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Conference Papers Year : 2014

Hydrogen effects on the plasticity of model fcc and bcc alloys


Because crack propagation in engineering materials – even ‘brittle’ ones - is always associated to the development of a plastic zone, the understanding and prediction of hydrogen-assisted damage has to consider both aspects: hydrogen effects on the microscopic fracture process on the one hand ; and on the dynamics and extent of plastic activity on the other. In this communication, we will report on a 12-years effort conducted at Ecole des Mines de Saint-Etienne to address the later. Because of the localized character of hydrogen-plasticity interactions and the existence of steep gradients close to notches and crack tips, we chose to investigate these effects by looking at the stress-strain response of uniformly charged smooth tensile specimens, assuming that modern simulation methods such as gradient / crystal plasticity or discrete dislocation dynamics will be able to transpose the results in the vicinity of cracks and defects. For modelling, we rely on the framework of ‘hydrogen elasticity’ – as laid out by P. Sofronis in the mid 90s by elaborating on Larché and Kahn theory of chemo-elasticity - to revisit the classical theory of dislocation plasticity, introducing hydrogen effects on elementary dislocation properties, such as elastic pair interactions, line energy, line tension, and (in bcc crystals) activation enthalpy of double-kink formation. Despite the experimental difficulties raised by such an approach, quantitative results were obtained and cross-checked, which are now ready to be incorporated in mesoscopic-scale simulations of crack-tip plasticity.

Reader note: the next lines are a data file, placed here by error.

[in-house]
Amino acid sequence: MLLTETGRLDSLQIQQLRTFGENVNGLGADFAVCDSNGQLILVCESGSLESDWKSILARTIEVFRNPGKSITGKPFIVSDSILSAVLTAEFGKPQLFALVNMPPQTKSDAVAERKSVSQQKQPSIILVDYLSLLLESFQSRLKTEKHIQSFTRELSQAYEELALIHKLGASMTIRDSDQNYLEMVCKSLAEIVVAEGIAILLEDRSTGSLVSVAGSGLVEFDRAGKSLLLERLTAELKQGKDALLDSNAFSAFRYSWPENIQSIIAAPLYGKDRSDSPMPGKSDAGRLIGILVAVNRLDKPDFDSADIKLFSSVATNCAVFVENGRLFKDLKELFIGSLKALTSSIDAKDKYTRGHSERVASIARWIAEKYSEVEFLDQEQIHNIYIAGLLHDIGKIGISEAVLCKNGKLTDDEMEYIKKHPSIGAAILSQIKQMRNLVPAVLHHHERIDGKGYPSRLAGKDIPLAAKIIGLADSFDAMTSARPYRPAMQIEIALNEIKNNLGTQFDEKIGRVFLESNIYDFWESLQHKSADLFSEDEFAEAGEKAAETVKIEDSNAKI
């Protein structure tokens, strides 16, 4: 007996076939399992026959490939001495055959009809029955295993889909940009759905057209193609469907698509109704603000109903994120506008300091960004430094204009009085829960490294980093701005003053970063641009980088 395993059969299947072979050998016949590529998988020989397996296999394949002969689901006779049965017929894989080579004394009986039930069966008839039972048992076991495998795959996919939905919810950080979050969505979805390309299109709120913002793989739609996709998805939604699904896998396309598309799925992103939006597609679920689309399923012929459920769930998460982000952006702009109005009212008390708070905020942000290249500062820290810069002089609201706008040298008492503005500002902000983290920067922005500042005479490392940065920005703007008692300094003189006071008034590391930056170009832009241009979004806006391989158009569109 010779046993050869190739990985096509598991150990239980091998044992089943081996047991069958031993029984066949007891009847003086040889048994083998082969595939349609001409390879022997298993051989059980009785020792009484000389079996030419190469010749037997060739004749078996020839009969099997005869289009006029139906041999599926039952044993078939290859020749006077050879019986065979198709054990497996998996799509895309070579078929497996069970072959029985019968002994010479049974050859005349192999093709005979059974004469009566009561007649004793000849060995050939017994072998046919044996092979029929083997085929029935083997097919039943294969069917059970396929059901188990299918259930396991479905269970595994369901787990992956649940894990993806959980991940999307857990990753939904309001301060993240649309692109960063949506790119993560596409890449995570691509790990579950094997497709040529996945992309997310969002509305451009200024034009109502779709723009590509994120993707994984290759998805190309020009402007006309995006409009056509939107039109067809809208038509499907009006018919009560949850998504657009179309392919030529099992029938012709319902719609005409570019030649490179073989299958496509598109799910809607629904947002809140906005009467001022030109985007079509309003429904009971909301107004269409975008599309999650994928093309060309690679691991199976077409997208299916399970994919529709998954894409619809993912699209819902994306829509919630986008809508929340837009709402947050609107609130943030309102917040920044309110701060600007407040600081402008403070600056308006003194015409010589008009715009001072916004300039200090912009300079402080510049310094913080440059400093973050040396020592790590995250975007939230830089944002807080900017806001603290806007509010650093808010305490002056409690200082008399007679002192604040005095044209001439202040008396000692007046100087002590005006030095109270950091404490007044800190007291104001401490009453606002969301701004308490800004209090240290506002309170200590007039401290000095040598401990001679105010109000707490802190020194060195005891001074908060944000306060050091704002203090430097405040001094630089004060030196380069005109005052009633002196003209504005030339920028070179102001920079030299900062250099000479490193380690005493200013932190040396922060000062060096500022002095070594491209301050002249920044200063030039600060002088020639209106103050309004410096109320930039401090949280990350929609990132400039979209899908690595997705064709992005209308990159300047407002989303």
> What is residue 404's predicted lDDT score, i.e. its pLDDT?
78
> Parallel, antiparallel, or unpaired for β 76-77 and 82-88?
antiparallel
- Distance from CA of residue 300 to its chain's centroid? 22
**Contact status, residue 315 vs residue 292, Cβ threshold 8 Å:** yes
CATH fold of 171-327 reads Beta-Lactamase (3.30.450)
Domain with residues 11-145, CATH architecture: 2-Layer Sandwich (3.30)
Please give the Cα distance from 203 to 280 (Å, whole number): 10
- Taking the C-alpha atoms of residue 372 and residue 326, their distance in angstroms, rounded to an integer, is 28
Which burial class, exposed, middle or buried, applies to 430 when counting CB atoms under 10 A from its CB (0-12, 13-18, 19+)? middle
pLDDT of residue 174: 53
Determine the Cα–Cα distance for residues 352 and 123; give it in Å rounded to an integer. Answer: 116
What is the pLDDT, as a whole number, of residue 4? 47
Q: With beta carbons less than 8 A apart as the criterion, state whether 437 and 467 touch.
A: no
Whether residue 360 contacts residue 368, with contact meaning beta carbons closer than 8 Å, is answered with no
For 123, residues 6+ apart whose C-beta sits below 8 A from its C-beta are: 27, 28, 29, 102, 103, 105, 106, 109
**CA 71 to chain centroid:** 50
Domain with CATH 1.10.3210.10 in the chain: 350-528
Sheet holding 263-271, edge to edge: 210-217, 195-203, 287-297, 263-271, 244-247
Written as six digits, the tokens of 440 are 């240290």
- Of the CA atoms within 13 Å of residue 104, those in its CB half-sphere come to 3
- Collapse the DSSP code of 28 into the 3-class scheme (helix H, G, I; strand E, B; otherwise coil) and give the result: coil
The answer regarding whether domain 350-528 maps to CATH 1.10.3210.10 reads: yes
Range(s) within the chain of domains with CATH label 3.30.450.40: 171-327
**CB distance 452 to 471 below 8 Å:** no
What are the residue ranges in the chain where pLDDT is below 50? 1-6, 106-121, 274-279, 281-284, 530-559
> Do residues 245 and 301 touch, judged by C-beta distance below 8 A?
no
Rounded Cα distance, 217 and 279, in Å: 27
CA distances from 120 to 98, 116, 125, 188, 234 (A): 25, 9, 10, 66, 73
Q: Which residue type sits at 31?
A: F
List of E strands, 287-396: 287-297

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emse-01079698 , version 1 (03-11-2014)



  • HAL Id : emse-01079698 , version 1


David Delafosse Delafosse. Hydrogen effects on the plasticity of model fcc and bcc alloys: Experiments on model engineering materials and modelling in the framework of the elastic theory of discrete crystal defects. Hydrogen embrittlement - Multi-scale modelling and measurement: What is the impact?, National Physical Laboratory, Oct 2014, Teddington, uk, France. ⟨emse-01079698⟩
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